The financial flow simulator (eSOSView™) tool could be applied to determine financial viability of individual components as well as entire SVC. The financial analysis of existing FFMs in Kushtia revealed that it is financially unviable, incurring a loss of 3,901 USD per year. While exploring other FFMs, it showed that the modified parallel tax and discharge fee model generates the highest net profit of 51,396 USD per year considering the entire SVC (49,863 USD per year for E&T and 1,533 USD per year for treatment and reuse). It is evident that sanitation tax and discharge incentive aid service providers in attaining financial sustainability. The eSOSView™ tool could be tailored to determine financial viability of existing FFMs in addition to the generalized five FFMs. Financial viability is not adequate to determine a sustainable business model; hence, the FIETS sustainability approach was adapted to determine a sustainable FSM business model for Kushtia municipality. Criteria and weightage for each of the FIETS approaches could be developed and customized as per the existing situation and validated by relevant stakeholders. The study found out that the financial aspect remained the dominant criteria with 50% weightage, and due to this reason, the modified parallel tax and discharge fee model, which generated the highest net profit, turned out to be a sustainable business model for Kushtia.

Data Availability Statement

The datasets presented in this study can be found in online repositories. The names of the repository/repositories and accession number(s) can be found at:

Ethics Statement

The ethical review and approval was not required for the study on human participants in accordance with the local legislation and institutional requirements. Written informed consent for participation was not required for this study in accordance with the national legislation and the institutional requirements.

Author Contributions

SA: conceptualization, methodology, validation, formal analysis, investigation, and writing—original draft. SS: conceptualization, methodology, formal analysis, writing—original draft, writing—review and editing, and supervision. TC: conceptualization, writing—review and editing, and supervision. DB: conceptualization, writing—review and editing, supervision, project administration, and funding acquisition.


The study was a part of MSc research supported by the “Accelerating the Impact of Education and Training of Non-Sewered Sanitation” project financed by the Bill and Melinda Gates Foundation (OPP1157500).

Conflict of Interest

The authors declare that the research was conducted in the absence of any commercial or financial relationships that could be construed as a potential conflict of interest.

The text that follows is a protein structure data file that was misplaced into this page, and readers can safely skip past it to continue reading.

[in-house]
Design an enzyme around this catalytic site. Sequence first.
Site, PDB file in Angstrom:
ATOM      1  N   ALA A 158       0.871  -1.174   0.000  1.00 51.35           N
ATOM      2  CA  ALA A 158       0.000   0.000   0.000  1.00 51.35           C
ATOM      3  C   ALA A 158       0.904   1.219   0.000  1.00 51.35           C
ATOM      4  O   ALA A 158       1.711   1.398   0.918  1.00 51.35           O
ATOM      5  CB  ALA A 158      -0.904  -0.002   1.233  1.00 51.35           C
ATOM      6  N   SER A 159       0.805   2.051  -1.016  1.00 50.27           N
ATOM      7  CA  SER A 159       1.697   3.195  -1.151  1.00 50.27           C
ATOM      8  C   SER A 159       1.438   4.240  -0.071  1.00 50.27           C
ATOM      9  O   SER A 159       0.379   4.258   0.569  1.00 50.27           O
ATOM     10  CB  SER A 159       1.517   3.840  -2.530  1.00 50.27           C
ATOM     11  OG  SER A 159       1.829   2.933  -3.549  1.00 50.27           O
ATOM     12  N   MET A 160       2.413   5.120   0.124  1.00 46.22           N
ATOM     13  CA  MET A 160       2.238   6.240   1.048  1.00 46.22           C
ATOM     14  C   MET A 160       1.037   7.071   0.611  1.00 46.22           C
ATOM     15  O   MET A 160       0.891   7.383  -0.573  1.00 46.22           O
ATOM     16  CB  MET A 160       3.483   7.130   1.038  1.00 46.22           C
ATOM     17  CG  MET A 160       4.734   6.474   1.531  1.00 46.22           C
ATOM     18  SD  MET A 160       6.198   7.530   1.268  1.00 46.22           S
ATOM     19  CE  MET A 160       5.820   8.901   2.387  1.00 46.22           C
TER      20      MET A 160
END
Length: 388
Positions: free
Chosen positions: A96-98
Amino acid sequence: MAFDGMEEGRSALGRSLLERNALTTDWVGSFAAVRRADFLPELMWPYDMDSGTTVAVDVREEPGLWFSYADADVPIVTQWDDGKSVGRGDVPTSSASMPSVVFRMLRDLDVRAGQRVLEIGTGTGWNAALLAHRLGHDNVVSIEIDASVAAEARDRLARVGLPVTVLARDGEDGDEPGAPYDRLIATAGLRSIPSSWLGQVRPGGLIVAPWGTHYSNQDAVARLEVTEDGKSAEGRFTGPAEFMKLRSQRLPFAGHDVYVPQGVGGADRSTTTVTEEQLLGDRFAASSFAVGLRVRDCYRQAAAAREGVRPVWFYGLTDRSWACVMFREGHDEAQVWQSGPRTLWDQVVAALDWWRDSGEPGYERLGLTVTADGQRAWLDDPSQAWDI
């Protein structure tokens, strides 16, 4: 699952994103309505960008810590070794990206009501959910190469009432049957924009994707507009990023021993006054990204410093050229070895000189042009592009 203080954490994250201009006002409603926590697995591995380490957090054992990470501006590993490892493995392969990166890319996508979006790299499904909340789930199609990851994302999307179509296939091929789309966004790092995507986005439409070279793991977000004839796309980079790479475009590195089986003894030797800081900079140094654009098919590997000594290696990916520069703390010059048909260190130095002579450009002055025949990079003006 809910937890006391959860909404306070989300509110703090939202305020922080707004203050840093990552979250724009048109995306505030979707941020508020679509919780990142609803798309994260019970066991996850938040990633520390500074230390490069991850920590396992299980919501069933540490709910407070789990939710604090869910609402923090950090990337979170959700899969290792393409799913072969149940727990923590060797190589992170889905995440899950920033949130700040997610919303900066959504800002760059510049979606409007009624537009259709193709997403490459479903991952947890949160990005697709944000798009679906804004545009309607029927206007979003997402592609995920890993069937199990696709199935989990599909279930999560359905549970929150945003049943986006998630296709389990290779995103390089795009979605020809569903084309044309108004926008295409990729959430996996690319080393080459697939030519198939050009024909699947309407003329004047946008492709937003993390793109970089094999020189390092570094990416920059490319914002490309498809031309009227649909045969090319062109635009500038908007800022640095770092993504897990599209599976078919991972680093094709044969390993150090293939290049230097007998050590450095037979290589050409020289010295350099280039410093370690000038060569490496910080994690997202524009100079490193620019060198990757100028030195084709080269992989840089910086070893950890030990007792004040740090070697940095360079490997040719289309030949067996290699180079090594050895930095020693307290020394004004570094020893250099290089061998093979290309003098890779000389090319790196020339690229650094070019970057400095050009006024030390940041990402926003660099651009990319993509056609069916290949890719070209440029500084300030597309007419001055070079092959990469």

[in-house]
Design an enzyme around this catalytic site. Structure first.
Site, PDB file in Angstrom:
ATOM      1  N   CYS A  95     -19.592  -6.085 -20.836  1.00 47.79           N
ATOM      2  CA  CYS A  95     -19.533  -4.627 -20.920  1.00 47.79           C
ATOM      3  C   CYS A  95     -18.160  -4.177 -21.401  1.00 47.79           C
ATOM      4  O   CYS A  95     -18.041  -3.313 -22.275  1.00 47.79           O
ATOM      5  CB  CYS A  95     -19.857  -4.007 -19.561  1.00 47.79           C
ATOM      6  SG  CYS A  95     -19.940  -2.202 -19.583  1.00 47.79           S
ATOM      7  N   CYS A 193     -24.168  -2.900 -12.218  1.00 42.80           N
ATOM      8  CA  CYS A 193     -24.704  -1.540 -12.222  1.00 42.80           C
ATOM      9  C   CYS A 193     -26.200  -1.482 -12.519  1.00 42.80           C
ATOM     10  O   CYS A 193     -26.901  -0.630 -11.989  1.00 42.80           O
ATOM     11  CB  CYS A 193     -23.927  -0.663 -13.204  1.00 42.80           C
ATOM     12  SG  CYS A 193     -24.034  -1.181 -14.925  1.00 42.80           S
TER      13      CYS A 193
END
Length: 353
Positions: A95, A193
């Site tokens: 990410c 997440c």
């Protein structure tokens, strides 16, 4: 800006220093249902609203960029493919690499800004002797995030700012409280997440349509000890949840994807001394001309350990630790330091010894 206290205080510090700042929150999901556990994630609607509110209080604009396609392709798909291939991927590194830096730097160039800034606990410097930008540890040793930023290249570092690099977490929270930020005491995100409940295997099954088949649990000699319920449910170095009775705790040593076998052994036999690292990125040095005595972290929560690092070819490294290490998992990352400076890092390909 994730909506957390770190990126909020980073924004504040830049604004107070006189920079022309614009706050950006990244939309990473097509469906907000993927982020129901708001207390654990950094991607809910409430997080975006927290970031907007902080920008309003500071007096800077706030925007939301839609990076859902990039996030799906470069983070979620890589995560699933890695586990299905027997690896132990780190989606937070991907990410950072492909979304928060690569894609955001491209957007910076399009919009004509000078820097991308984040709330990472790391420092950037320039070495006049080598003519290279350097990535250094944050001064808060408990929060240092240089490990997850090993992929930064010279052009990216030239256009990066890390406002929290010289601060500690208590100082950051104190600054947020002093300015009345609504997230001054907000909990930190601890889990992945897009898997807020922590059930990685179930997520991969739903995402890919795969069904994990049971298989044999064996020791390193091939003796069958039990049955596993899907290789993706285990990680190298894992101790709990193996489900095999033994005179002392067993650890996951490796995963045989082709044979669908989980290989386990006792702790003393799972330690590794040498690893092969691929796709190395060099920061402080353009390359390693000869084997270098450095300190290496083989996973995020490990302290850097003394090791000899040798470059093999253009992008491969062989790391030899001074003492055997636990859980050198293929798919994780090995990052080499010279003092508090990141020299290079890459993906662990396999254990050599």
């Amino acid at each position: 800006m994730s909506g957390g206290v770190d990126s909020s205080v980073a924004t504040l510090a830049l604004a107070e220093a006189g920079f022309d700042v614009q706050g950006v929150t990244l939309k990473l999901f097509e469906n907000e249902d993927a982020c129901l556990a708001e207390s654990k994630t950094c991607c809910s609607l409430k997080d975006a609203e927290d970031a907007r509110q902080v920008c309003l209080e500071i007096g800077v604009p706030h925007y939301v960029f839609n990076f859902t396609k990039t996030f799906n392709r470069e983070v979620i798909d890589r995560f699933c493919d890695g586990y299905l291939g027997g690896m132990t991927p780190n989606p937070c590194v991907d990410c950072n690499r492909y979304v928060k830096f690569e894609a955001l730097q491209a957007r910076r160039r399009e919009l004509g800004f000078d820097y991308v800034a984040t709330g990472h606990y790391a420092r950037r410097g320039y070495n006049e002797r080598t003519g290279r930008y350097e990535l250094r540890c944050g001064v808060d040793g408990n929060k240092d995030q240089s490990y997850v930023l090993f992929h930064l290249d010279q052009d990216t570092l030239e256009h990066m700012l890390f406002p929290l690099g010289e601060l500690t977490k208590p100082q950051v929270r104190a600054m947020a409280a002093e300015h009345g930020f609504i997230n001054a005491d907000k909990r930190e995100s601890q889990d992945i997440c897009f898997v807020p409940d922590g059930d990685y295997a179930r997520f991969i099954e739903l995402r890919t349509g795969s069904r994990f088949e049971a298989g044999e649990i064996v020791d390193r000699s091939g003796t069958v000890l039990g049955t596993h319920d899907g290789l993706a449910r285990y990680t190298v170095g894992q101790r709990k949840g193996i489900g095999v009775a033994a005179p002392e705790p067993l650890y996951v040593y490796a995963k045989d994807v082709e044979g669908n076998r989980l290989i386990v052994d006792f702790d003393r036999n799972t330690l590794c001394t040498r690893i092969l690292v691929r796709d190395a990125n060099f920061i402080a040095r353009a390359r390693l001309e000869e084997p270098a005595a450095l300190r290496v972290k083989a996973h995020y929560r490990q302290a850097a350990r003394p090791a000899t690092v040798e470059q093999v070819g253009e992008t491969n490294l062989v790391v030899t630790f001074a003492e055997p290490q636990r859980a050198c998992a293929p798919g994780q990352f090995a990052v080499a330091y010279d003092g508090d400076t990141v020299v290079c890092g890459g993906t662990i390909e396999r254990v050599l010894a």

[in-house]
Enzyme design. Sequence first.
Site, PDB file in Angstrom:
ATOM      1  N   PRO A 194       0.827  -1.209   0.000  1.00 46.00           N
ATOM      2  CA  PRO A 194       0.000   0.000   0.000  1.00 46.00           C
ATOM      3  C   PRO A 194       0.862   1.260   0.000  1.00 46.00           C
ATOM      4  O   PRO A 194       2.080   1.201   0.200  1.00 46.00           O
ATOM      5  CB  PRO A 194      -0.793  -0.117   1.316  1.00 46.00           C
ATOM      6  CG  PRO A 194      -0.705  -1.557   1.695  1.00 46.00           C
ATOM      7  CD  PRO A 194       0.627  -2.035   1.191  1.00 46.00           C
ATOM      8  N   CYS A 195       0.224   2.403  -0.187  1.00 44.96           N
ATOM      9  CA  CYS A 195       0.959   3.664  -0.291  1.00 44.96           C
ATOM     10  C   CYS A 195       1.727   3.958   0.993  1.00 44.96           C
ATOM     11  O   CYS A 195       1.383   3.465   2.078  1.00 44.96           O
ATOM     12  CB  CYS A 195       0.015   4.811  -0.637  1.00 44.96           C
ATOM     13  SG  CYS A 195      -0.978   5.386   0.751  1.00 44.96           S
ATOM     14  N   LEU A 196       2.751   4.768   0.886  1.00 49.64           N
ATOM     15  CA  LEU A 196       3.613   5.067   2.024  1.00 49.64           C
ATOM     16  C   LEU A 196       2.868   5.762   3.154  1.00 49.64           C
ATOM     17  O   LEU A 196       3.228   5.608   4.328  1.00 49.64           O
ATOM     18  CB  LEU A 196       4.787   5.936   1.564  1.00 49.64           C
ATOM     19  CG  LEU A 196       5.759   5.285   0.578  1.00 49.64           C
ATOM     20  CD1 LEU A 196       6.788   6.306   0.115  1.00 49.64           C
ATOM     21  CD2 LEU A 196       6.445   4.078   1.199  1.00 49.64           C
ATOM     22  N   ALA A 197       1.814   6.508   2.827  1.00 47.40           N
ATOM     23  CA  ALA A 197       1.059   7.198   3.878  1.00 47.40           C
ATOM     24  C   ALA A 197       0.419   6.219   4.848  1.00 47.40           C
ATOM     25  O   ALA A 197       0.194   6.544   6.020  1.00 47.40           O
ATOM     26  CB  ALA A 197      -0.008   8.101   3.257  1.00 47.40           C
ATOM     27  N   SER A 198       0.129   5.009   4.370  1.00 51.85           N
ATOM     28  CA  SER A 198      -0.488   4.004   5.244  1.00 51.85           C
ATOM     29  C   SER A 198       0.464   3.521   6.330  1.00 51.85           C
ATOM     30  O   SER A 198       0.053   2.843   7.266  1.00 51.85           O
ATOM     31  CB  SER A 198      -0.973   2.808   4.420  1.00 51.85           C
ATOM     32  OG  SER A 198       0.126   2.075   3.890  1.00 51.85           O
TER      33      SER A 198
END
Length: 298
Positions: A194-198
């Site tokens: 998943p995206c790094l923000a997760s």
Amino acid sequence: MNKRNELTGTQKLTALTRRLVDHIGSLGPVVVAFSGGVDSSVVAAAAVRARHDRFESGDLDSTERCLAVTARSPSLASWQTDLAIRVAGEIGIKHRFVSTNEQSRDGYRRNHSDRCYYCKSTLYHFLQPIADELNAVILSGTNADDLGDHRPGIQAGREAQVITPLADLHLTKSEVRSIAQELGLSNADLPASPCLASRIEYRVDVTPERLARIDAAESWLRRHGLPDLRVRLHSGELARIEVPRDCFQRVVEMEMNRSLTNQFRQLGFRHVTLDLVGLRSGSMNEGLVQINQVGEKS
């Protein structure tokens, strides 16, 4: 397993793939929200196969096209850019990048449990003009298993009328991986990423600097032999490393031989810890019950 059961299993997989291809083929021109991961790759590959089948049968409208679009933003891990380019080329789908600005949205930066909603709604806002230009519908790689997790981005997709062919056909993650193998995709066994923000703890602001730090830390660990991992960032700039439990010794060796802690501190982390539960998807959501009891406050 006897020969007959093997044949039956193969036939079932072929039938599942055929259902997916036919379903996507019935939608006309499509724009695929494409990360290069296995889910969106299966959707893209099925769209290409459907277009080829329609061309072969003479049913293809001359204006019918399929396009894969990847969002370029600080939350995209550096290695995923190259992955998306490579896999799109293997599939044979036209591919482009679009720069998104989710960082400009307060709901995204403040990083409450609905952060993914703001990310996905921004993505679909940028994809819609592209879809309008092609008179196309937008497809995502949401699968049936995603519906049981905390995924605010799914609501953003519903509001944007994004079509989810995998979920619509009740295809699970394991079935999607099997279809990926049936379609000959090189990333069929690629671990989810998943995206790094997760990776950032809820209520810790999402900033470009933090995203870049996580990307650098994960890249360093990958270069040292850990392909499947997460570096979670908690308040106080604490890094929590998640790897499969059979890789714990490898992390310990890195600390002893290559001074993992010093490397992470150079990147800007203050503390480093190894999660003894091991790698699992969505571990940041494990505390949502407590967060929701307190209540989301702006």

Publisher’s Note

All claims expressed in this article are solely those of the authors and do not necessarily represent those of their affiliated organizations, or those of the publisher, the editors, and the reviewers. Any product that may be evaluated in this article, or claim that may be made by its manufacturer, is not guaranteed or endorsed by the publisher.


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Keywords: fecal sludge management, financial flow models, financial viability, business model, Kushtia

Citation: Akbar Chinna Mohideen SMS, Singh S, Chowdhury TA and Brdjanovic D (2022) Application of Financial Flow Simulator (eSOSView™) for Analyzing Financial Viability and Developing a Sustainable Fecal Sludge Management Business Model in Kushtia, Bangladesh. Front. Environ. Sci. 10:863044. doi: 10.3389/fenvs.2022.863044

Received: 26 January 2022; Accepted: 19 April 2022;
Published: 01 June 2022.

Edited by:

Shikun Cheng, University of Science and Technology Beijing, China

Reviewed by:

Digbijoy Dey, IRC International Water and Sanitation Centre, Netherlands
Jonathan Parkinson, IMC Worldwide Ltd, United Kingdom

Copyright © 2022 Akbar Chinna Mohideen, Singh, Chowdhury and Brdjanovic. This is an open-access article distributed under the terms of the Creative Commons Attribution License (CC BY). The use, distribution or reproduction in other forums is permitted, provided the original author(s) and the copyright owner(s) are credited and that the original publication in this journal is cited, in accordance with accepted academic practice. No use, distribution or reproduction is permitted which does not comply with these terms.

*Correspondence: Sheik Mohammed Shibl Akbar Chinna Mohideen,; Shirish Singh,

These authors have contributed equally to this work and share first authorship